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The Job You Don't Want May Be the Right One

Taking a job to pay the bills until something better comes along can pay unexpected dividends

By Matthew Solan

When I got the call I immediately asked, “What does it pay?”
As a full-time writer I am usually interested in the story first — the idea, the angle, the concept. Payment is always the last issue discussed with an editor.
Not this time. A friend of a friend had passed my name along to a New York tabloid that needed a writer for a breaking story. Quick.
The assignment: Drive to Fort Myers, Fla., knock on the door of the parents of Scott Broadwell — the husband of Paula Broadwell, the “other woman” in the Gen. David Petraeus sex scandal — and ask them what they thought of everything.
“They will probably slam the door in your face,” I was told, “but hey, they might say something.”
My reply: Sure, I’ll do it.
I was suddenly tossed into the alien world of tabloid journalism for a handsome day rate, plus mileage. Was it “beneath” me? I thought so. I am a freelance writer who prides himself on serious, service-oriented journalism — not one of the paparazzi looking for a sensational scoop.
But I could really use the money.
At some time or another — especially in today’s economy — many may find themselves forced to take a job for which they are overqualified or that's outside their skill set. Or in my case, not in keeping with my interests. Boomers are especially vulnerable. A 2012 study found the long-term jobless rate — unemployment for a year or longer — was 44 percent for people over 55. That's nearly four times the unemployment rate of those under age 20, which is 12 percent.
Yet, as I learned, don’t be surprised if a less-than-ideal work experience delivers unexpected benefits that prove more valuable than the paycheck itself.
In Any New Job You'll Grow
Life and Career Coach Sharon Good, B.C.C., says getting outside your comfort zone, whether voluntary or not, can be a golden way to learn and grow. “You need to take the attitude that any situation is an opportunity and not a curse,” she says. “Ask yourself, ‘What can I take away from this work experience?’ Keep in mind that the job is not forever. Your career has not taken a step back, but a sidestep that could propel you further ahead.”
My assignment forced me out of my ergonomic chair to interact with people face to face. Most of my interviews and communication are through phone calls, emails and texts. The outing gave me a chance to polish my rusty observational skills. When I interviewed the parents (and even the grandmother) I had to note their reactions, their seaside home décor, how Fox News blared in the background. When I drove home (with mostly a “no comment”), I felt like a more engaged, stronger journalist. By taking the day job I met other reporters, who could be valuable contacts.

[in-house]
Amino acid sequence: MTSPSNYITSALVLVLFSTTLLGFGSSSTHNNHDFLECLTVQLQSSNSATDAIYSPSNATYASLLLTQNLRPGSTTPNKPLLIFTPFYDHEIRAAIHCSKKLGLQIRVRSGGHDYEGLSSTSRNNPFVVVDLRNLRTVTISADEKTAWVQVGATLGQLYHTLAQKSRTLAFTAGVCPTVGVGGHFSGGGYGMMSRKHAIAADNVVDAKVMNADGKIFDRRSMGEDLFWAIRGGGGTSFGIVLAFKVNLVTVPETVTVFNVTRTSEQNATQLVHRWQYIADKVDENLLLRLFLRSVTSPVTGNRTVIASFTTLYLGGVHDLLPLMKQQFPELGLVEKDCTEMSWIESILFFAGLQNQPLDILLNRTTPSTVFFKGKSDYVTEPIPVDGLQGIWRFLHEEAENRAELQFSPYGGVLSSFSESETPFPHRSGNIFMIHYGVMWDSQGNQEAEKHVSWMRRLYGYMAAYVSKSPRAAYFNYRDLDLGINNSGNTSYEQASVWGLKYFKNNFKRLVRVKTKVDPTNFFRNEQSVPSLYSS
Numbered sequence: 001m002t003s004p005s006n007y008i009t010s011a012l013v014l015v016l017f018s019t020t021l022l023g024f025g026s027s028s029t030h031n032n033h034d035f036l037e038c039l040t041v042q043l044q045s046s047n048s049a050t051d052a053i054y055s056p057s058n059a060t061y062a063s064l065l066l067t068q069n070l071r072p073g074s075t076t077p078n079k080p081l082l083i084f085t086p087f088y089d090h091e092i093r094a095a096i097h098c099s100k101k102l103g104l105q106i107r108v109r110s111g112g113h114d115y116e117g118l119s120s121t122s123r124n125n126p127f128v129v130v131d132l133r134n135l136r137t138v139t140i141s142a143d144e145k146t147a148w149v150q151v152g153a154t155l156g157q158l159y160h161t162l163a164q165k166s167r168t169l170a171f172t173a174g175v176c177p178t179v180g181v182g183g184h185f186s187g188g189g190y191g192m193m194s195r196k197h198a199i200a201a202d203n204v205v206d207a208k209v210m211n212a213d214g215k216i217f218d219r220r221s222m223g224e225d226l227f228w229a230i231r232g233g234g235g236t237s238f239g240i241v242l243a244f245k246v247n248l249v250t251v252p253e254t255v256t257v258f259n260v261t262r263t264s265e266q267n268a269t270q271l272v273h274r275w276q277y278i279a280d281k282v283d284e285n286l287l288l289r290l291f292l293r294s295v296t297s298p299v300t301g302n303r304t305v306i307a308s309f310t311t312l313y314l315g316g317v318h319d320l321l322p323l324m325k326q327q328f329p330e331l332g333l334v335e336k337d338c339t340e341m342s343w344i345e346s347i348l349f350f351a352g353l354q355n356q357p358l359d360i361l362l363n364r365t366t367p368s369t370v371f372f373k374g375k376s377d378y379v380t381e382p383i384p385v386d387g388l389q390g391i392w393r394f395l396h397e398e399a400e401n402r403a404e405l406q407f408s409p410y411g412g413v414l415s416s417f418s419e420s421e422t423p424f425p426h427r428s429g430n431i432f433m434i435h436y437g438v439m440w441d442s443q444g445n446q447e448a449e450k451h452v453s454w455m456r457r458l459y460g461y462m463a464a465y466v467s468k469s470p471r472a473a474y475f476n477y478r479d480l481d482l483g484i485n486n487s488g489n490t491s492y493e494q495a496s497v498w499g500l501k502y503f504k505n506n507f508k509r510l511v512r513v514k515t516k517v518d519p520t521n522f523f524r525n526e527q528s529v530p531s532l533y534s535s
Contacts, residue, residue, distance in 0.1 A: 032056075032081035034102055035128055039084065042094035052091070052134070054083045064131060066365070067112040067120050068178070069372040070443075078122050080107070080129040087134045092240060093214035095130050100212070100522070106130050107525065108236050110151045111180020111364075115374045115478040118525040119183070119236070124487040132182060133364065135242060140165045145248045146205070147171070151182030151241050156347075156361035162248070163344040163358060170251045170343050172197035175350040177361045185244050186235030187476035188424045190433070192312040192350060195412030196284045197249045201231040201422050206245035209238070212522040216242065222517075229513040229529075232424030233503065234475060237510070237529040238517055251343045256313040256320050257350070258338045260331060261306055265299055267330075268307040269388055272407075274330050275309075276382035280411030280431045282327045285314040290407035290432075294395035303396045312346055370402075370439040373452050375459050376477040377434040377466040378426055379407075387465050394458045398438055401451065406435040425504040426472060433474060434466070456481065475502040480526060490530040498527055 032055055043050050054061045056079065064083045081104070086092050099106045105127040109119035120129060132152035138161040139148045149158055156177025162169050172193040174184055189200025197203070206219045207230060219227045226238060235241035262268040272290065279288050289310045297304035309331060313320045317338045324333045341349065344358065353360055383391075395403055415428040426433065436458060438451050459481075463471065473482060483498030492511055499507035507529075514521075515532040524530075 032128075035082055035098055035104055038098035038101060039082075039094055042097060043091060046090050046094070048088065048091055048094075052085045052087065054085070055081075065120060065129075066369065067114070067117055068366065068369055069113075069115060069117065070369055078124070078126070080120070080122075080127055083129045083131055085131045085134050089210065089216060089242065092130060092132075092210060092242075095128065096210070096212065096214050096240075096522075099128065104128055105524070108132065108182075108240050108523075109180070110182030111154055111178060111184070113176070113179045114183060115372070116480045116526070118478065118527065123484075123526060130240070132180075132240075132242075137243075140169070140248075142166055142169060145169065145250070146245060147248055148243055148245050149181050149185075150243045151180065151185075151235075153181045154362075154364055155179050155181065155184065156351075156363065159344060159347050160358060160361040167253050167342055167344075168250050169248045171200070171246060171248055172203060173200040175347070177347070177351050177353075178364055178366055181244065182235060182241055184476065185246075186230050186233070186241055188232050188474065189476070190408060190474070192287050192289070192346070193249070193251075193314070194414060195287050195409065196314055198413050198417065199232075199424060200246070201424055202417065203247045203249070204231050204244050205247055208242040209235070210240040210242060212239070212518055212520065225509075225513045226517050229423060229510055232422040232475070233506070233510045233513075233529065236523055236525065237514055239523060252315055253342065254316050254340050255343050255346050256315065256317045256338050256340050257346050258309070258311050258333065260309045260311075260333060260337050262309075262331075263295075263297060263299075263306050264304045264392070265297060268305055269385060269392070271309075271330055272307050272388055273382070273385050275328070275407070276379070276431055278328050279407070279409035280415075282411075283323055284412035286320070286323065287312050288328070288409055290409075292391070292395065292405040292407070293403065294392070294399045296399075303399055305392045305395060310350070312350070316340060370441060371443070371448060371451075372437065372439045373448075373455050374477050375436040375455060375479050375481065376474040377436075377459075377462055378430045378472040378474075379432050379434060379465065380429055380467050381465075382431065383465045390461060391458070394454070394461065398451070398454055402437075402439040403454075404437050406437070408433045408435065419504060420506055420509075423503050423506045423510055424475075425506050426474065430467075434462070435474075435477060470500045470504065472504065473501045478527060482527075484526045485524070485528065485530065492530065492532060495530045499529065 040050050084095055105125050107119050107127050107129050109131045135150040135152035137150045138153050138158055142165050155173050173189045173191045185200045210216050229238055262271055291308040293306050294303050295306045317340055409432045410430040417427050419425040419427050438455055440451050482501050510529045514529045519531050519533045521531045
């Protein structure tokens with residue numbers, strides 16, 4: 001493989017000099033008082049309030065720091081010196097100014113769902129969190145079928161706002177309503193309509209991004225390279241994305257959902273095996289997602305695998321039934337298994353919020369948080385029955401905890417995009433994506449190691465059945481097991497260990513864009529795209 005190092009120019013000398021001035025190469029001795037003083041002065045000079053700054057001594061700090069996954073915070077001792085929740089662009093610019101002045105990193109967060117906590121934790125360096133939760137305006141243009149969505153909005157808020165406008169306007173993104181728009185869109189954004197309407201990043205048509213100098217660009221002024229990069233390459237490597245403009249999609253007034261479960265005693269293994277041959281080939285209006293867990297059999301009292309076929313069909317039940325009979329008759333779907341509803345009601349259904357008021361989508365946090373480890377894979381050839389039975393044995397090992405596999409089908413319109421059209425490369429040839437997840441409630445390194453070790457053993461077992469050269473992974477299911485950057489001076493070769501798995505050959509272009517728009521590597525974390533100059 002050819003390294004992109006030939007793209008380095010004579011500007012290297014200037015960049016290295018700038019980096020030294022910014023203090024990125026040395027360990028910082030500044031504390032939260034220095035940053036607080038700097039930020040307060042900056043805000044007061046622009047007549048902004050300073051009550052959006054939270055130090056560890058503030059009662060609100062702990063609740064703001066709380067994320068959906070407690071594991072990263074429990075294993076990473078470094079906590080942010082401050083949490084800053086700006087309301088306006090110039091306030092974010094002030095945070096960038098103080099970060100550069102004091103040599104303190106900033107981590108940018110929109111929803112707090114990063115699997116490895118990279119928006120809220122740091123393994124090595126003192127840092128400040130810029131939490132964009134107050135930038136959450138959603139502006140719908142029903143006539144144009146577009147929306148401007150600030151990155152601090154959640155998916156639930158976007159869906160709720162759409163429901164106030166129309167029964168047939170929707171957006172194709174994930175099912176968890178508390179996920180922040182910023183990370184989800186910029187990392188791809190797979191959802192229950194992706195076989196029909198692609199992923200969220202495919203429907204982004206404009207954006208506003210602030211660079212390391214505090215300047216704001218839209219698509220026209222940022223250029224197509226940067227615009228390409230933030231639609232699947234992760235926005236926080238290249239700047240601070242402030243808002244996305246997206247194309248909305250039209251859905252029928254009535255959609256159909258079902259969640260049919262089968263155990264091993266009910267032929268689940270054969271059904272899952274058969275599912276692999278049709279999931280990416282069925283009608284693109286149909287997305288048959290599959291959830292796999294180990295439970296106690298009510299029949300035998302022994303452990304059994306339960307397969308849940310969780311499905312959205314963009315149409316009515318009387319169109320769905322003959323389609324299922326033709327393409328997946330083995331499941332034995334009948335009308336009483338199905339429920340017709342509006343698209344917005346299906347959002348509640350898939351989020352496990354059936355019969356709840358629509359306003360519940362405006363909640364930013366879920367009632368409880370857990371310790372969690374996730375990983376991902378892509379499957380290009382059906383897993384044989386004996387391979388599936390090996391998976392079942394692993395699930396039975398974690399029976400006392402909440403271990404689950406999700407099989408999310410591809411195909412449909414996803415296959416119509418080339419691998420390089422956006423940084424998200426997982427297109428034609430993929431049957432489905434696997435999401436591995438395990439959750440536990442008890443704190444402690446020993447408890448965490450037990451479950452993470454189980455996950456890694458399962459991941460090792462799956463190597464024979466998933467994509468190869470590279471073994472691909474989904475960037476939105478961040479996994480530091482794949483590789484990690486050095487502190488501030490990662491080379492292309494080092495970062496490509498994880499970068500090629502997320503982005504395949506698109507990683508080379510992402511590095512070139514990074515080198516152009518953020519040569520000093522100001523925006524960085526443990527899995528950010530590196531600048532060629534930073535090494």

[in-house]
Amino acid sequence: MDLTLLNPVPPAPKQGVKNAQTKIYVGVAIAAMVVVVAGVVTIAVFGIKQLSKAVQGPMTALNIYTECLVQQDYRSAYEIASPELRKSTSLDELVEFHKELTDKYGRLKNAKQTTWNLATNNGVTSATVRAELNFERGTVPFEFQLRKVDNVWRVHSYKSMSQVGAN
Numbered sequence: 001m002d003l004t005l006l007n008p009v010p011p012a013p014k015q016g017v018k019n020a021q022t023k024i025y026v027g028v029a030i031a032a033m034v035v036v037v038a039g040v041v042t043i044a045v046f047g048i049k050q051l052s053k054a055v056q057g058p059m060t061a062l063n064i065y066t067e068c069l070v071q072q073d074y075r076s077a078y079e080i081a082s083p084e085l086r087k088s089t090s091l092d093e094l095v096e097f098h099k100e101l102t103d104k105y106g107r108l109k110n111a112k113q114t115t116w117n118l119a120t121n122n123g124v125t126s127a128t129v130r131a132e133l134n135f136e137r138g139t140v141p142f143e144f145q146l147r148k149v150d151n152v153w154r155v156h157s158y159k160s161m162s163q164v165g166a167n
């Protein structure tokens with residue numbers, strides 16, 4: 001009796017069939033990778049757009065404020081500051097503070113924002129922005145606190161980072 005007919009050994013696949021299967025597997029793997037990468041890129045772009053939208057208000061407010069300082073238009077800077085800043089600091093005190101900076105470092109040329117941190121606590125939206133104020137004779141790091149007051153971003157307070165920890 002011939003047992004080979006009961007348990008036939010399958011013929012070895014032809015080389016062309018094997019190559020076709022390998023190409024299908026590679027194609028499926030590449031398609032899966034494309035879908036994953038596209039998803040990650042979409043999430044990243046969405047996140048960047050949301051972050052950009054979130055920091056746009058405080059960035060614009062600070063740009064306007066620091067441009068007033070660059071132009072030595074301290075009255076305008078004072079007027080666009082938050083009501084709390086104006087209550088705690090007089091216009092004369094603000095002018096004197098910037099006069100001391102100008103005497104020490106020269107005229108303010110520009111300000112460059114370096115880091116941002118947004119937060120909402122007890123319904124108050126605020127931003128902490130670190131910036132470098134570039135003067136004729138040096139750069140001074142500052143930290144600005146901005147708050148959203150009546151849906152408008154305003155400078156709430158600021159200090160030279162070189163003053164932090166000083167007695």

If you are unemployed and have to take a job outside your comfort area until something better comes along, Good suggests you look at it with an upbeat attitude. “Don’t ever feel like working a less than desirable job to pay bills is shameful,” she says. “People may or may not be judging you, but when you judge yourself and put that negative energy out there, people pick up on it.”
Instead, refocus your mindset. You might even discover that you really don't like what you've been doing. You may find you possess skills you never knew existed.  “Often if you lose your regular job, I say ‘congratulations,’ Good says. “Now you can move your life in a new direction.”
The Gift May Be Finding Your True Calling

Good once consulted with a woman in her 60s who was a few years from retirement when she lost her administrative job. To help overcome stress, she began taking art classes. No pressure or expectations. She soon realized she didn’t like her former work and that she had a real talent for creating art. She is now a professional, full-time artist who has her own studio.
Logan Mabe, 51, a seasoned journalist for newspapers like The Lakeland Ledger and the St. Petersburg Times in Florida, was a recent casualty of his media company's cutbacks. Although he had once taught at a middle school for 30 weeks, he never thought of it as a possible career move. That was until a friend of a friend introduced him to staff members at St. Petersburg College. He was soon hired to teach developmental writing.

(More: The Career Advice Men Don't Want to Hear)

Many of Mabe's students lacked basic language and writing skills. The pay wasn't great and the hours lengthy. He thought of the new job as a Band-Aid. But not for long.

“I had a taste of teaching before and liked it a lot," Mabe says. "I was then able to take it to the college level and found it was something I enjoy and I was good at — writing is the only thing I’ve done well besides cutting grass.”
What Logan discovered was a sense of fulfillment — more so than writing for newspapers. In the classroom he could directly affect people’s lives.
One student, a former football player for the University of Miami, had spent 10 years behind bars. Through writing he found the personal discipline he had lost. A 61-year-old man who lived at the Salvation Army pecked out his writing assignments and was soon able to take on a full load of courses. A woman supported by a domestic abuse center vowed to begin a new life. Writing, she said, was the first step.
“I try to support them as much as possible so they can move forward,” Mabe says. “It is a humble feeling. I can’t think of doing anything else now.”


Matthew Solan is a health and fitness writer based in St. Petersburg, Fla. His website is Read More
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